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   RE: [xml-dev] a standards story

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On Fri, 2002-05-17 at 11:58, Bullard, Claude L (Len) wrote:
> I thought that was why Tim Bray was named the TAG's Ear On XML-Dev.
> I can't imagine that the WGs are not aware of the controversies 
> specs produce outside the W3C. The problem is, at what point does 
> the check and balance become affective?  When are public comments 
> invited?

Comments are typically invited with every draft.

> What is the process for handling them?

Comments must (in theory at least) be answered before the spec becomes a
Recommendation.  There is no requirement for how they must be answered,
of course.

>  How far back 
> will a spec be rolled given these?   Is it not possible that 
> given a "reliable ear", the Director or the TAG or both, 
> can send the work back to the WG?

There's been serious resistance to the TAG having such a role.  The
quotes following are all from TAG members, though the contexts vary - I
strongly encourage reading the original messages and surrounding

Here's a blast from David Orchard:
The TAG should do it's job of making architectural recommendations and
documenting web principles.  The TAG should not and does not have
oversight over the chartering of activities and working groups.  There
is a difference between power over architecture and influence over
charters.  The TAG does need to discuss the impacts of it's works - what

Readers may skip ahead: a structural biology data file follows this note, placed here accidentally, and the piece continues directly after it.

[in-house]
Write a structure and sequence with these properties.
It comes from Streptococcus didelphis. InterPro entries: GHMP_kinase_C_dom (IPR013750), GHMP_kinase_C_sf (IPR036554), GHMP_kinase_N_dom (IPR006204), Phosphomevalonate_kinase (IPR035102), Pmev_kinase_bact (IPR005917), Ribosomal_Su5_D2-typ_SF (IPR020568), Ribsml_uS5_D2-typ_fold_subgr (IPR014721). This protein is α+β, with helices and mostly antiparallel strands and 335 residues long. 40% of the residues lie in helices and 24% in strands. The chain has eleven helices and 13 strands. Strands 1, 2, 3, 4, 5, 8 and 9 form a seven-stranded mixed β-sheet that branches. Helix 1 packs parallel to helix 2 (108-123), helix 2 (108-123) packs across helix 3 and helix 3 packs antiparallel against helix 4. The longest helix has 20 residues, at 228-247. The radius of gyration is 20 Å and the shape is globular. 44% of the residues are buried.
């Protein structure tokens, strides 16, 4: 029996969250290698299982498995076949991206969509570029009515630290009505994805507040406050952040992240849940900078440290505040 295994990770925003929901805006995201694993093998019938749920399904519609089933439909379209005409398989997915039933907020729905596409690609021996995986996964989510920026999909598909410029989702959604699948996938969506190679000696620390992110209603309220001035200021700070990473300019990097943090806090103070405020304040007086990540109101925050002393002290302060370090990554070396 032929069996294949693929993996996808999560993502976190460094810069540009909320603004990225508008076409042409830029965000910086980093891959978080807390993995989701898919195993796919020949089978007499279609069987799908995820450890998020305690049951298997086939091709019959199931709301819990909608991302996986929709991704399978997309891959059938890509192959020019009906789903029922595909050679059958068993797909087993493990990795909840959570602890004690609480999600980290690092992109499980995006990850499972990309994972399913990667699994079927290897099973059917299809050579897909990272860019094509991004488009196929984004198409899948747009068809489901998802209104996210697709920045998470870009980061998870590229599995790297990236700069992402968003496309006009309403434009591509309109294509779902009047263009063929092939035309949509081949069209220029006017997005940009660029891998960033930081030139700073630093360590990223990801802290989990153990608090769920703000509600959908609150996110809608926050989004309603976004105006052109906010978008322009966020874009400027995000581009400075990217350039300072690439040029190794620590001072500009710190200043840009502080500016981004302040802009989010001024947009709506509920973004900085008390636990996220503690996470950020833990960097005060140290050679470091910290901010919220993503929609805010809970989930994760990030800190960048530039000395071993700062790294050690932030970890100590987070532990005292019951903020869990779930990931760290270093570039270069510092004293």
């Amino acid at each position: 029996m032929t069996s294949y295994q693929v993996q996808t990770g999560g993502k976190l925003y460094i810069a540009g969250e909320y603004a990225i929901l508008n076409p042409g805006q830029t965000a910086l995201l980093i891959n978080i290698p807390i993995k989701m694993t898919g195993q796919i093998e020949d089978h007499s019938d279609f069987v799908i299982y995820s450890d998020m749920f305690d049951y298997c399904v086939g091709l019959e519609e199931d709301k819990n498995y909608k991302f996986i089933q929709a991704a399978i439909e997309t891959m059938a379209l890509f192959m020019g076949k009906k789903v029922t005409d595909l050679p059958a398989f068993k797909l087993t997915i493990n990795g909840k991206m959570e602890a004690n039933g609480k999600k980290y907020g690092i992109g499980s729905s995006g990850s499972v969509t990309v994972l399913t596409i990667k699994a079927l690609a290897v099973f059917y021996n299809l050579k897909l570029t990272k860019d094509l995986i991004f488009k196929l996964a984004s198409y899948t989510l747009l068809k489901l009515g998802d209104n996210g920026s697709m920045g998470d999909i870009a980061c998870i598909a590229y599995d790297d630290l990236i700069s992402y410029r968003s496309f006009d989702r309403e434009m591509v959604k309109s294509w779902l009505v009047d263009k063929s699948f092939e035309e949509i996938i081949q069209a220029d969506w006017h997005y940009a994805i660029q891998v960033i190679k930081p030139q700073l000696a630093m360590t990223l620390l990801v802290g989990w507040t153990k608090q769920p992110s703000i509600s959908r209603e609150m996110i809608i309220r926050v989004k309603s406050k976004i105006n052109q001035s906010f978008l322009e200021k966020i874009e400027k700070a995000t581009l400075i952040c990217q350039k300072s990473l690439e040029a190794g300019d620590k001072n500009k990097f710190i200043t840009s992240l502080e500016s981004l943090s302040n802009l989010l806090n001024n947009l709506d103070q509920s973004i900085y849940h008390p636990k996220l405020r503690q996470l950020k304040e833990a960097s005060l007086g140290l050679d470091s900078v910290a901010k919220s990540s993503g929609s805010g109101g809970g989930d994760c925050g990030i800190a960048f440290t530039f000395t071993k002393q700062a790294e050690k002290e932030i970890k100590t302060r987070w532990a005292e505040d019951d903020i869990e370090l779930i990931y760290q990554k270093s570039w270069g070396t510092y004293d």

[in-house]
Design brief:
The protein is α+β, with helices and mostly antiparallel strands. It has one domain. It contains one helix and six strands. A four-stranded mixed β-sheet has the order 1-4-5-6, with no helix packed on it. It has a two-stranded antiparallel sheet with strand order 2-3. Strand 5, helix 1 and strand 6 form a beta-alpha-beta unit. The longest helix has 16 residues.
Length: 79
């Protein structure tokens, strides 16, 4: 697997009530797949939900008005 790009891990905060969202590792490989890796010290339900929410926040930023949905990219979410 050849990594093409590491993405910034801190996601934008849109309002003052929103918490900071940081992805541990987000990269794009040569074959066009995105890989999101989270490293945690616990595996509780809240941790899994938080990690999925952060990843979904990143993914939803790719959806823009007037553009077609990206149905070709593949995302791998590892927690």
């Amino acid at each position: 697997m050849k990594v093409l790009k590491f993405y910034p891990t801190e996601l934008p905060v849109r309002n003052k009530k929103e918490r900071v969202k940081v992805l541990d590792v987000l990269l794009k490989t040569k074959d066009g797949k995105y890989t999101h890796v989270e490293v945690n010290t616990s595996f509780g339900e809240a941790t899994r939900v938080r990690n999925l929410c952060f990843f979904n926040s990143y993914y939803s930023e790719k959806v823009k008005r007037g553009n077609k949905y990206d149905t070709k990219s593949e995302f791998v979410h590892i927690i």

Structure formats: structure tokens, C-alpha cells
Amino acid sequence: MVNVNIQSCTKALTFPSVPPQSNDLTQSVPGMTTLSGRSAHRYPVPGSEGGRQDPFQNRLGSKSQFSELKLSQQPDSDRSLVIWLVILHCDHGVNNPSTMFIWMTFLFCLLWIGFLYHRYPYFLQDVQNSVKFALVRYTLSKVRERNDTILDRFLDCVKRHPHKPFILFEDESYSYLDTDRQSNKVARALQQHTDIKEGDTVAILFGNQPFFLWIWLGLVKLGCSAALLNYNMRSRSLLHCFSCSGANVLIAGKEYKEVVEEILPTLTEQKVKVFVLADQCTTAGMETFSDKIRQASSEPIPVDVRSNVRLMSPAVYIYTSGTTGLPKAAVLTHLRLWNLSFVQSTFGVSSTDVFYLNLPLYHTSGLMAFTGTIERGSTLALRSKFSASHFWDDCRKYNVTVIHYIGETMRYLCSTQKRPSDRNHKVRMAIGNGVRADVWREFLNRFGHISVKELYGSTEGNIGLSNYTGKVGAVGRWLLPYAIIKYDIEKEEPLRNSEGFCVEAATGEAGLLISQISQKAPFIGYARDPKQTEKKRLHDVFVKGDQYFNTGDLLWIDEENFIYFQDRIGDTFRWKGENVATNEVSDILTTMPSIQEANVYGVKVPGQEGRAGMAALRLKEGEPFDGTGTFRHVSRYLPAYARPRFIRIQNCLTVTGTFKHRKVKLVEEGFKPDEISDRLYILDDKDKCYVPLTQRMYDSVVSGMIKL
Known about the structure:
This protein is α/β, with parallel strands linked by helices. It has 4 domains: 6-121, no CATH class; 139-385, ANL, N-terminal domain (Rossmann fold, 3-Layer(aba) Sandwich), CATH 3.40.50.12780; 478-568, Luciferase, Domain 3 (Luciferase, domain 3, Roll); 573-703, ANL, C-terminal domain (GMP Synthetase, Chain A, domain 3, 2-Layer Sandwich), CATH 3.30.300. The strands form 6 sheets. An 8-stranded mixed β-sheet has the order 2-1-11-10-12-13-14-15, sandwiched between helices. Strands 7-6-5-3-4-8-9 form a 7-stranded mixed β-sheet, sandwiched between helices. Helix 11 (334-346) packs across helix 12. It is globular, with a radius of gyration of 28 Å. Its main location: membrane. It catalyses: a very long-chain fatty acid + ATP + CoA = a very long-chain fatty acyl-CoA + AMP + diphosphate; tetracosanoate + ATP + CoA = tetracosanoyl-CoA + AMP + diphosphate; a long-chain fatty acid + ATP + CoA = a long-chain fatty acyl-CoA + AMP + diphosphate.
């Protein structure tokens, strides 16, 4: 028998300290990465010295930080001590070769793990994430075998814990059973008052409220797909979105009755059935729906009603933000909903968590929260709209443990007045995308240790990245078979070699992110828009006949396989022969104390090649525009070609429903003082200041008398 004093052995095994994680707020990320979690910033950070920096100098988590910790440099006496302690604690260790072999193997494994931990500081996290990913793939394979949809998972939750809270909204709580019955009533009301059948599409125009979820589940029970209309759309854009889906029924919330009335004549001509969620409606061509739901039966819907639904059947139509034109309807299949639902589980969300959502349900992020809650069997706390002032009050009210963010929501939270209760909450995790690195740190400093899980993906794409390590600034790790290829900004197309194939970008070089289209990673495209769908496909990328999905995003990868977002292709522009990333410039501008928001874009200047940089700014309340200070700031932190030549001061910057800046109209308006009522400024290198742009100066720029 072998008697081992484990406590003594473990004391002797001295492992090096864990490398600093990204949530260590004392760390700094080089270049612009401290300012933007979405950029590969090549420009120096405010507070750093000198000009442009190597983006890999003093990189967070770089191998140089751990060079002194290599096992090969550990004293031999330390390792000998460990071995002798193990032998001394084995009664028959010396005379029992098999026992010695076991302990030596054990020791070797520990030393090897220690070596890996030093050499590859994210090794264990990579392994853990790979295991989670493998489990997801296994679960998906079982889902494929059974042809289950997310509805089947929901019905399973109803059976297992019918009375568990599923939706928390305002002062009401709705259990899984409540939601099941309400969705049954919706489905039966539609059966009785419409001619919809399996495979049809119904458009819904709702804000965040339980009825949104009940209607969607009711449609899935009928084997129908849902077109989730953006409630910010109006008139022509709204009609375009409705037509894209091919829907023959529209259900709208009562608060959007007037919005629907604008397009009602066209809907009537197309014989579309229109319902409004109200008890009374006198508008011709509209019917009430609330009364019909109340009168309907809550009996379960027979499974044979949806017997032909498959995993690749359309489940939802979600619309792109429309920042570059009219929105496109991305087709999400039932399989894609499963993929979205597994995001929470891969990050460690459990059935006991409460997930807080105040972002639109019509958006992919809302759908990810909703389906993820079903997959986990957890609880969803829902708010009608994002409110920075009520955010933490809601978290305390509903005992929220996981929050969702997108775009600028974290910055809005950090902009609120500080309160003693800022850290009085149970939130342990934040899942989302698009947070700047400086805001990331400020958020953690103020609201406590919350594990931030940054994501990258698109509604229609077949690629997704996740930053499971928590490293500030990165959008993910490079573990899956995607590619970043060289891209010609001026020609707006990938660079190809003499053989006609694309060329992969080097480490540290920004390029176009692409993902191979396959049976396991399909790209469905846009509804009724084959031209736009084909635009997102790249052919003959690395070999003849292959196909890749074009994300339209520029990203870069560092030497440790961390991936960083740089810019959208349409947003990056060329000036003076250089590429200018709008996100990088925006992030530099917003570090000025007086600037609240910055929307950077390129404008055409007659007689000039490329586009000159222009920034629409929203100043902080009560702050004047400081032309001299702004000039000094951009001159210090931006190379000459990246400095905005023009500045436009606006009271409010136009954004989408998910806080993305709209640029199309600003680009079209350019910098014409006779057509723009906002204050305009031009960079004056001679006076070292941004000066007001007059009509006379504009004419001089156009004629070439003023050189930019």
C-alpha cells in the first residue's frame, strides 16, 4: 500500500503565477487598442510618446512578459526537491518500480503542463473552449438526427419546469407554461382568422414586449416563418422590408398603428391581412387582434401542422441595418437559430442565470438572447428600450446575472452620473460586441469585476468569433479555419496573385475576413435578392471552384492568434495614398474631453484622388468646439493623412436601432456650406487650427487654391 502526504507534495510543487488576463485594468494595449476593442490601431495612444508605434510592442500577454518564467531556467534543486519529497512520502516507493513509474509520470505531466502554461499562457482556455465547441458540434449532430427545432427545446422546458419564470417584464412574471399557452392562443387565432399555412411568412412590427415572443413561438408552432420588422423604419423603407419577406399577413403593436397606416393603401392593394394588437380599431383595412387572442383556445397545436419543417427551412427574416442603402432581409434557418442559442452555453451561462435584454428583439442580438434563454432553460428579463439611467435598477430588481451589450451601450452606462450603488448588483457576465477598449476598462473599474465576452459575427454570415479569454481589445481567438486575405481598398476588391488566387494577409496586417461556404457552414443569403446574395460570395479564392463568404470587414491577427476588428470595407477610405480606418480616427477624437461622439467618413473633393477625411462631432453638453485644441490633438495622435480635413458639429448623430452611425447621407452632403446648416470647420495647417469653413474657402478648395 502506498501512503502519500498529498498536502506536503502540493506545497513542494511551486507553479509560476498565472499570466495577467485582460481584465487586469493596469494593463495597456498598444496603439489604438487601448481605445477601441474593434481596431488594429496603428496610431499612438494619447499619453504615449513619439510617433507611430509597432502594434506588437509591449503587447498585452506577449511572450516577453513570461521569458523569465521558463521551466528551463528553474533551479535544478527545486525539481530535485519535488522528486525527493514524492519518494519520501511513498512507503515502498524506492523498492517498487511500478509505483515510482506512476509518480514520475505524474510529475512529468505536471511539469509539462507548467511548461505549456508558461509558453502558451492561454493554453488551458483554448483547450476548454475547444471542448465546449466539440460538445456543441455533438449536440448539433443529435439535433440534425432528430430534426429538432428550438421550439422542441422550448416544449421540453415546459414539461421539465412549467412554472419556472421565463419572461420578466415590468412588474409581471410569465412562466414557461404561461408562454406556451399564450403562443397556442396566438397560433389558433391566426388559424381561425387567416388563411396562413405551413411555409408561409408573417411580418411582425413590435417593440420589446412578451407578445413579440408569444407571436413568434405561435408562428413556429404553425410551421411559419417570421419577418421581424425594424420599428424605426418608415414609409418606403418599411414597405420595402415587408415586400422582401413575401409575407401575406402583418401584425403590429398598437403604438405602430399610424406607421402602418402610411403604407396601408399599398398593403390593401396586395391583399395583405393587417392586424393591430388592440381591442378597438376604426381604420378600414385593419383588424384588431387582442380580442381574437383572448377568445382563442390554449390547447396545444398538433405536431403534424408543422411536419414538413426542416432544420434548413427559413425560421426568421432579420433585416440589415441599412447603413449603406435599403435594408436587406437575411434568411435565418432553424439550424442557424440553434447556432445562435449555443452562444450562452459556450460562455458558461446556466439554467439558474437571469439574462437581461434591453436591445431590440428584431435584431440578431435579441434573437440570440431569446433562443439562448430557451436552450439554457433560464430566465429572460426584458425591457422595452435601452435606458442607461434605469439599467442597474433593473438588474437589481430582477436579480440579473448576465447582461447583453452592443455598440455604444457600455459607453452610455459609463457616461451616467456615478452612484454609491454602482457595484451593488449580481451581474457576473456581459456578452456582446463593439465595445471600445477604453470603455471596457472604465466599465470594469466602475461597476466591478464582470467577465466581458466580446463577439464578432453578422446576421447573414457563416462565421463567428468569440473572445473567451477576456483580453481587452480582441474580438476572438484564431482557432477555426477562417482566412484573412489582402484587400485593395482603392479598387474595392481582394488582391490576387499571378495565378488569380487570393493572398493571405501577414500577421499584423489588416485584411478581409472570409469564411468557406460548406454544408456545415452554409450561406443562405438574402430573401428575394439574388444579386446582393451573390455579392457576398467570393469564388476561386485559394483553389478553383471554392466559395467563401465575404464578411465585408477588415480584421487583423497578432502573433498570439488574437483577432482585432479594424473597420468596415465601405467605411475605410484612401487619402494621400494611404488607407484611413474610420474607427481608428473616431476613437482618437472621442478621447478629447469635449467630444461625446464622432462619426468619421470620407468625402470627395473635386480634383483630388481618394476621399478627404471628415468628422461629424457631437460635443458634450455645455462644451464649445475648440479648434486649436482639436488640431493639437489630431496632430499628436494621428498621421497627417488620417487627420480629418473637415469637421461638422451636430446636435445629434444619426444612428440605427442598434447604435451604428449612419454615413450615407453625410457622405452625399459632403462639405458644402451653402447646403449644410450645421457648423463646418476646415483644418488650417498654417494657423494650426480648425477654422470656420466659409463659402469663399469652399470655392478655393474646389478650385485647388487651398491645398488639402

we're doing here - but not so far as to drag an Activity out of it's
home at the W3C.  

A friendly but clear statement from Stuart Williams that the TAG should
yield to WGs:
I also think that the TAG should focus on the articulation of Web
Architecture and arhitectural principles. I think we can help WG's like
XMLP in resolving issues of Web Architecture, *but* IMO the WG itself
must be allowed to own the problem and to take responsibility for its

Here's questioning from Tim Bray on TAG and community consensus:
It is not the TAG's role to ascertain what 
the consensus of the community is.  The TAG's role is to write down how 
the web architecture actually works and to do whatever possible to 
ensure that standards and tools avoid breaking it.

Roy Fielding seems willing to consider such a role, though:
If we are to remain silent on this issue, then the W3C should not exist.

The Advisory Committee also plays a role.

Simon St.Laurent
Ring around the content, a pocket full of brackets
Errors, errors, all fall down!


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